You have always been on the frontlines for sustaining awareness of HIV/AIDS. Any plans for a S.T.A.G.E., Part 2? Or is Moon Mile Run now your 'S.T.A.G.E.' vehicle?
I recently had a conversation with Curtis Hill, the master designer who worked with S.T.A.G.E. on their posters and programs for many years, about an event that was greatly distilled, but nonetheless ignited the theater community to look at issues still swirling in HIV/AIDS' orbit: ostracism still exists as do so many tangential issues including, but not limited to, racism and classism. There continues to be a huge volume of information that comes our way but putting solutions into action seems elusive. I am not answering your question. Maybe we could do something. It's a great suggestion and one that I will certainly entertain.
I know you wrote your memoir The Truth is Bad Enough in 2012, but I always remembered reading your first non-fiction (I thought) The Happy Hustler. That was very racy in 1975. Do you remember what spark of an idea initiated The Happy Hustler?
The idea is to read The Truth Is Bad Enough (and then you'll find out all you need to know about what idea initiated THH.
I'll give you a hint: those three initials, THH.
How has being the first HIV-positive, single, gay man to adopt (as well as, currently being a parent to a now grown-up daughter) changed your perspective on your outlook on life?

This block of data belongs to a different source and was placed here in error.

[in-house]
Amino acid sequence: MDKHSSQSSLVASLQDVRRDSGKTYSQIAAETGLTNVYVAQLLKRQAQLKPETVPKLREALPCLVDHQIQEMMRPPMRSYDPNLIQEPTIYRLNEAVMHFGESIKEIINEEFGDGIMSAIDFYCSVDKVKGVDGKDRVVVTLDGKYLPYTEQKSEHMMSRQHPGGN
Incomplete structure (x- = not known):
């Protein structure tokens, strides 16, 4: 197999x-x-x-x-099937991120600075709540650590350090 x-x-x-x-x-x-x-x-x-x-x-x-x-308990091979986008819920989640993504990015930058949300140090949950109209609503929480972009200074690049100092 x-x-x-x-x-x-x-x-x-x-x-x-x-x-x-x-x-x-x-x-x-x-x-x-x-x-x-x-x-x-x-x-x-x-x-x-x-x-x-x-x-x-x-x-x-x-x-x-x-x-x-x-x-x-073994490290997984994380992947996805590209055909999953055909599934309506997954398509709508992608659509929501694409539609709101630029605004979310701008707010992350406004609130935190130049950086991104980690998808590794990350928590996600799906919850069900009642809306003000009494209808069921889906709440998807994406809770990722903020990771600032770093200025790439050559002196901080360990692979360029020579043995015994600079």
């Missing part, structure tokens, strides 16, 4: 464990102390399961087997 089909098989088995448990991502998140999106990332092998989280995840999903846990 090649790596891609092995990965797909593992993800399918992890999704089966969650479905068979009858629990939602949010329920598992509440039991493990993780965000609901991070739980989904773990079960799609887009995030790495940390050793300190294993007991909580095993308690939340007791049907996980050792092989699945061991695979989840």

Katherine Kearns is the most formidable human being I have ever been lucky enough to know, let alone be her parent. Where my perspective has shifted, dramatically and almost daily, is in trying to understand the plight of being a black woman in America and the treachery that it entails. Along with that, I have learned repeatedly that I may be gay (and suffered from that fact, especially as a child) but I carry white privilege with the best of them. And I've attempted to check myself and watch for my privilege to inform decisions or the way I treat someone. These are huge lessons that I doubt I would have learned so specifically. She has also taught be about love, my imperfections, my strength, letting go.
Thank you again, Michael! I look forward to experiencing your latest creation BLOODBOUND.
For BLOODBOUND ticket availability and scheduling through February 18, 2018; log onto www.highwaysperformance.org